Ways Child Abuse Can Be Prevented & Safeguarded From

Children need to be loved, natured, and supported to be able to grow healthily and reach their full potential. No child deserves to be harmed and it important to consider ways in which child abuse can be prevented. Whether you are a parent or an adult who is part of a child’s life, this guide aims to help you understand the different ways in which can help protect children from abuse.

Which children are more vulnerable to abuse?

There are several factors which may make some children more vulnerable to abuse;

  • Children who are very young
  • Children with disabilities or health problems
  • Those who have already been abused or are being abused
  • Single parent families or young parents with very little support from extended families
  • Mental health issues
  • Drugs and alcohol misuse
  • Community and environmental factors
  • Poverty
  • Social isolation
  • Other violent relationships within the home

The factors are not exhaustive, child abuse can affect children from all backgrounds.  

How can child abuse be prevented?

Child abuse can be prevented when we begin to understand the factors which contribute to making a child more vulnerable to abuse. The following is a list of ways to prevent child abuse;

  • Promote family & child well being
  • Support systems to help at-risk families
  • Education and Abuse Awareness
  • Safeguard systems in social services and schools regularly reviewed and upheld
  • Normalisation and encouragement to report abusers.
  • Online awareness & Protection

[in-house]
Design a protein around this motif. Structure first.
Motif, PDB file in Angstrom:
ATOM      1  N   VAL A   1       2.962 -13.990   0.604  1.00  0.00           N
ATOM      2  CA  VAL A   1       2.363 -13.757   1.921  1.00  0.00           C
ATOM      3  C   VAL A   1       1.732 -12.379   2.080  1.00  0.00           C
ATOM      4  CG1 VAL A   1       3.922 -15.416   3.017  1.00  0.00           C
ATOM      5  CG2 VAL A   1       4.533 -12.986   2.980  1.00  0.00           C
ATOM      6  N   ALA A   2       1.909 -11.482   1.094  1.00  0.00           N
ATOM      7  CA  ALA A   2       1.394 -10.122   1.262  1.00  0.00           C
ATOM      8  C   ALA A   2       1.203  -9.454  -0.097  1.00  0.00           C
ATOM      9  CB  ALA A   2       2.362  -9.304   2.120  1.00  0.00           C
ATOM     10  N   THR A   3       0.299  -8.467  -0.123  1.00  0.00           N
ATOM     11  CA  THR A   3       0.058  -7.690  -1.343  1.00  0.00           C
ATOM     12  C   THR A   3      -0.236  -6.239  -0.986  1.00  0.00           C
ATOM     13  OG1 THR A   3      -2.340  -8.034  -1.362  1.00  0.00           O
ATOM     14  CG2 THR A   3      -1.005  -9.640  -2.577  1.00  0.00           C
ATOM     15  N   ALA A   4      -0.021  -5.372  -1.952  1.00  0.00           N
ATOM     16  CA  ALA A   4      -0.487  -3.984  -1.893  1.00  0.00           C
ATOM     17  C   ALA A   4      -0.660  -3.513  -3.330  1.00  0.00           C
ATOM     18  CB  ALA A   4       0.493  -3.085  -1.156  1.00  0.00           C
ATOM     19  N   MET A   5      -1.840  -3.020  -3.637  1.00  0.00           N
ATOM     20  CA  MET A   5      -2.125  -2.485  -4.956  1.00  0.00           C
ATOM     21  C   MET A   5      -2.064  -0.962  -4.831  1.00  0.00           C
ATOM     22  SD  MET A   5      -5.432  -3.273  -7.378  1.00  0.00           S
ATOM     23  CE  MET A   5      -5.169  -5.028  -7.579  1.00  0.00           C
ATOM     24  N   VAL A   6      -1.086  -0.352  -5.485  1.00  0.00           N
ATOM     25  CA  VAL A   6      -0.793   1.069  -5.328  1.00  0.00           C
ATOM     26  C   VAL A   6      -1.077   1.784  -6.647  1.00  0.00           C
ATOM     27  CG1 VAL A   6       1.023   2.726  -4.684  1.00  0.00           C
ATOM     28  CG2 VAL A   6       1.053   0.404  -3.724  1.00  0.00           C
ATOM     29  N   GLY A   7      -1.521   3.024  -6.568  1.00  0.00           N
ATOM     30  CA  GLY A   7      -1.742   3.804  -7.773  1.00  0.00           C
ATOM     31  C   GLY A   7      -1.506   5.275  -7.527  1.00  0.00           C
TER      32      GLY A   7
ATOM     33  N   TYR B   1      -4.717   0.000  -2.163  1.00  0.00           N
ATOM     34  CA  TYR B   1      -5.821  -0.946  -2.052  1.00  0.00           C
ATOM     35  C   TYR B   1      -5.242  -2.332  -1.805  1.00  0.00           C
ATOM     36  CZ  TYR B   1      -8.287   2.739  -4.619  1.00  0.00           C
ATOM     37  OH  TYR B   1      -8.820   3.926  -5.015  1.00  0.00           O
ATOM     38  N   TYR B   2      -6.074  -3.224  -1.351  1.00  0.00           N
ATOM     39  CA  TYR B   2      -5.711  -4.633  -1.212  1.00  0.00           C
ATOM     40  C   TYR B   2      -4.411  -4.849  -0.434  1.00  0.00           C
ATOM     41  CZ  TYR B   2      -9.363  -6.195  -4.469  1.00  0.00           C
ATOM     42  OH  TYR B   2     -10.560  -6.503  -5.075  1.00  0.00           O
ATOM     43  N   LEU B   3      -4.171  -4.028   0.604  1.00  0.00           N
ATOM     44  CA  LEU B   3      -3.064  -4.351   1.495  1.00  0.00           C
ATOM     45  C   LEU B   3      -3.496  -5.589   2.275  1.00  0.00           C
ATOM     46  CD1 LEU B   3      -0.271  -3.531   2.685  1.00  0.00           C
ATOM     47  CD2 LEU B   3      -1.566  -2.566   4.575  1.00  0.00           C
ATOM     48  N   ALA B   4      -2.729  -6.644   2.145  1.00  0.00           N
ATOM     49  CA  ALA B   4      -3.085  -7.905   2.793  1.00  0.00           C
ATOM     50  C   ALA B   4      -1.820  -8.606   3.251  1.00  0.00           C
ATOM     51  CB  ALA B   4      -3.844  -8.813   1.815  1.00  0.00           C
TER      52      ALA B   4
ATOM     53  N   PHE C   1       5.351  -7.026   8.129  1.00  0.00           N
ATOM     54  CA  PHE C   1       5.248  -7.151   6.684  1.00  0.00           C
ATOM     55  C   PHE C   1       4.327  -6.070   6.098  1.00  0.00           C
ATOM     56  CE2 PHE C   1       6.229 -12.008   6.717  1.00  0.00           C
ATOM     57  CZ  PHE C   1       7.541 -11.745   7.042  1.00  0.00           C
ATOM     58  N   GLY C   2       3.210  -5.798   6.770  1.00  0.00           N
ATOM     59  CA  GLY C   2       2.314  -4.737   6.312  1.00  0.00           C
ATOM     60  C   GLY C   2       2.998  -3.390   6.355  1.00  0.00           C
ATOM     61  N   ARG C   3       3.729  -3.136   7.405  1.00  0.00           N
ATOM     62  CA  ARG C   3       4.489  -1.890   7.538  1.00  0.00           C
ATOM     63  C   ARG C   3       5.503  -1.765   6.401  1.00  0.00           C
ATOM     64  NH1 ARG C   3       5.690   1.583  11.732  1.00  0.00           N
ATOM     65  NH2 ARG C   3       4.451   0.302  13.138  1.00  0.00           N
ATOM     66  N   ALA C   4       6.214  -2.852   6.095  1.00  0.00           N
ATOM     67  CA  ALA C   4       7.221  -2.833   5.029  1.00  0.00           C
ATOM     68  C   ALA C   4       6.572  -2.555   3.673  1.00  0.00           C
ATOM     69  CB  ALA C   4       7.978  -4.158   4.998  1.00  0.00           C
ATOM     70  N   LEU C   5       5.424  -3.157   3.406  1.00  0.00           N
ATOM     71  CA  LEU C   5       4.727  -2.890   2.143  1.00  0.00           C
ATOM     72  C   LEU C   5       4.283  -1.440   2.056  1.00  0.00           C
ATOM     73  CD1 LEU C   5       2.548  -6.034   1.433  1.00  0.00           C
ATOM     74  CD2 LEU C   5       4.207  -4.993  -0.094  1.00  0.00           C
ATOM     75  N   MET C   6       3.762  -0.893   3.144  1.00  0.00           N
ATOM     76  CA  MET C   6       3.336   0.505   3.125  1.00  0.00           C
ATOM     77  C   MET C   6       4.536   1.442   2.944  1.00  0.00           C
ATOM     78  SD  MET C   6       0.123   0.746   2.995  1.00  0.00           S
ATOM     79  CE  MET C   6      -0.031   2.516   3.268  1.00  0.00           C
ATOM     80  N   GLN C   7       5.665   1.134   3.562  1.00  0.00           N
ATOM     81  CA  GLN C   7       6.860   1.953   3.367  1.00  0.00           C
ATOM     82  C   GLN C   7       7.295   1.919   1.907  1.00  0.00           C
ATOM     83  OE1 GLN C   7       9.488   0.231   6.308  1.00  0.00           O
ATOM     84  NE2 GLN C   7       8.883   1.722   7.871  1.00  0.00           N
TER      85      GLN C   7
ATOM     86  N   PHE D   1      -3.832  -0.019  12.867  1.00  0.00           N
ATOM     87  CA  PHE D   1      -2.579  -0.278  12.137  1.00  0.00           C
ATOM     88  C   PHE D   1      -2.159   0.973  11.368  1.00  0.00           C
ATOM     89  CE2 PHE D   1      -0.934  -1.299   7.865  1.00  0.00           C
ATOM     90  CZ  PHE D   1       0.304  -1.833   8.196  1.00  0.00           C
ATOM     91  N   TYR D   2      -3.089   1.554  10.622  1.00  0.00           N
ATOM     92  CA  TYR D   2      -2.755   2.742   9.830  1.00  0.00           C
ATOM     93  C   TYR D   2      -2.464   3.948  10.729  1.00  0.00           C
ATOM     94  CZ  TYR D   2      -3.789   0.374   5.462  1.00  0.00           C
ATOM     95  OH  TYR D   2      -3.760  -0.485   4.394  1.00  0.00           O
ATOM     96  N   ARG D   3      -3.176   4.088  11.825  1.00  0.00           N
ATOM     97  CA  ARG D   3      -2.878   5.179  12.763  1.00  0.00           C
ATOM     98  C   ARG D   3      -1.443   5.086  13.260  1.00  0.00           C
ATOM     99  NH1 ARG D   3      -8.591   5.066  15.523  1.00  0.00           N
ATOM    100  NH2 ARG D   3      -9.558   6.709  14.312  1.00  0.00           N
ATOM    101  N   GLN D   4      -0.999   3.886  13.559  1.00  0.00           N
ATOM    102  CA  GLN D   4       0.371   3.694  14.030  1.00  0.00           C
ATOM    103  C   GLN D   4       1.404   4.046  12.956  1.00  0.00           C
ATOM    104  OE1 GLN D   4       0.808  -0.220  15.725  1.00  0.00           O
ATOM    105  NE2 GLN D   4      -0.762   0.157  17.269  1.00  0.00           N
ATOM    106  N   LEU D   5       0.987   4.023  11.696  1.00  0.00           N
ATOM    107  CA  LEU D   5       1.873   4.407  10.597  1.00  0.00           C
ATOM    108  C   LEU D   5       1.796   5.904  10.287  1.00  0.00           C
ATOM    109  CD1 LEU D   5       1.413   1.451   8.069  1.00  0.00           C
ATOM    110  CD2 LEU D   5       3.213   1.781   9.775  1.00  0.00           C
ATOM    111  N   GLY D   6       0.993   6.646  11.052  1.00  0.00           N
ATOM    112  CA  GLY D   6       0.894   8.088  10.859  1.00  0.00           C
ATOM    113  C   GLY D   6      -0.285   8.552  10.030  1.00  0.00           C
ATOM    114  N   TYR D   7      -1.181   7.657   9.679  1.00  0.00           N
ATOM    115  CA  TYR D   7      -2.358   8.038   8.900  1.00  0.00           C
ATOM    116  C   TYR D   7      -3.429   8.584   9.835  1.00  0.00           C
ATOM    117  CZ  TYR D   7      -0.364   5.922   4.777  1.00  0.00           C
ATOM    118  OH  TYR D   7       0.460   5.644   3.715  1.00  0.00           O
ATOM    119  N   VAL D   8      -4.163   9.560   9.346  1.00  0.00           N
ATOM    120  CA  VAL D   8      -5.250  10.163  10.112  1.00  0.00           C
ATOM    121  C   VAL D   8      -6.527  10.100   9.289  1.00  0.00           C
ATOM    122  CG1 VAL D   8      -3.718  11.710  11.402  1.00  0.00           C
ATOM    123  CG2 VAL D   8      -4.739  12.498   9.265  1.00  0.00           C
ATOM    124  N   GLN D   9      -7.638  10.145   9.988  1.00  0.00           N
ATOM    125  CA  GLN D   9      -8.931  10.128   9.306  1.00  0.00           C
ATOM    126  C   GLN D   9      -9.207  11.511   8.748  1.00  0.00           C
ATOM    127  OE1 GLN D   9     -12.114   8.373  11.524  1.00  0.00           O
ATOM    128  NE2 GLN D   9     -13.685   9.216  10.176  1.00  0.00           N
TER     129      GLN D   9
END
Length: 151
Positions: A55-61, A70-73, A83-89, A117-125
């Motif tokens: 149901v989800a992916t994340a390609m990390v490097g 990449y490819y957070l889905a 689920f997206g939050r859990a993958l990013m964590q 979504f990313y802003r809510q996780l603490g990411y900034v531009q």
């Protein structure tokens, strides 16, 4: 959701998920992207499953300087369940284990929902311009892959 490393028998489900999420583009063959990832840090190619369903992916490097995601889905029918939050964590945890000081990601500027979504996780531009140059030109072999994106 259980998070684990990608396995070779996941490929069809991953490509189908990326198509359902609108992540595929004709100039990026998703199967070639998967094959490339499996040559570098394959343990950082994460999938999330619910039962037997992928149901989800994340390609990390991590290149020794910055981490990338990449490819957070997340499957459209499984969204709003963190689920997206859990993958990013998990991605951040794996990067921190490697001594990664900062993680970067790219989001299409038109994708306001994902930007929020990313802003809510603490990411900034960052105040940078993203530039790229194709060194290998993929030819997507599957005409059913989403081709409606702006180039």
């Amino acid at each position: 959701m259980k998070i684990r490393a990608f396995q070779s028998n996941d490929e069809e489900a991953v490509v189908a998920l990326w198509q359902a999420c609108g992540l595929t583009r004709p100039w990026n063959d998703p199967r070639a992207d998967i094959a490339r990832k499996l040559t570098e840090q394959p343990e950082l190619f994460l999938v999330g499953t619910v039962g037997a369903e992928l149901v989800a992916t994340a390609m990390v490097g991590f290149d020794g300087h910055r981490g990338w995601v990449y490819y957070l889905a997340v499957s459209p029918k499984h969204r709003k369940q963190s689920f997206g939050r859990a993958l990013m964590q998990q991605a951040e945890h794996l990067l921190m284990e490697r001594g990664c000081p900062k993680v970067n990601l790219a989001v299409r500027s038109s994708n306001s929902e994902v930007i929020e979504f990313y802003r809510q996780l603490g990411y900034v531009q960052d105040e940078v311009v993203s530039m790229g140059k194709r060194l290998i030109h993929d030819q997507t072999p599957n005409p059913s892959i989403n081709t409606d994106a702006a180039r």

• Promotion of rights & equality
  • Removal of stigma around survivors/victims
  • Support from current & evolving laws

We will now discuss each of these ways of prevention in more detail;

1. Promote family & child well-being

Understanding and experiencing healthy relationships is key in promoting the well-being of your family and child. Start by examining your own behaviour and checking whether this fits in with what you are trying to promote. Nurture your family and through your actions show that you are able to settle conflicts without resorting to profanity or violence. Spend time with one another and do things that you enjoy. Praise children for their achievements and make sure you let them know you love them even when they don’t do so well. Encourage respect for each other, this includes allowing personal space and time away to deal with emotions. Creating an environment which deters abuse will help children understand healthy and respectful relationships enabling them to identify ones that are not.

2. Support systems to help at-risk families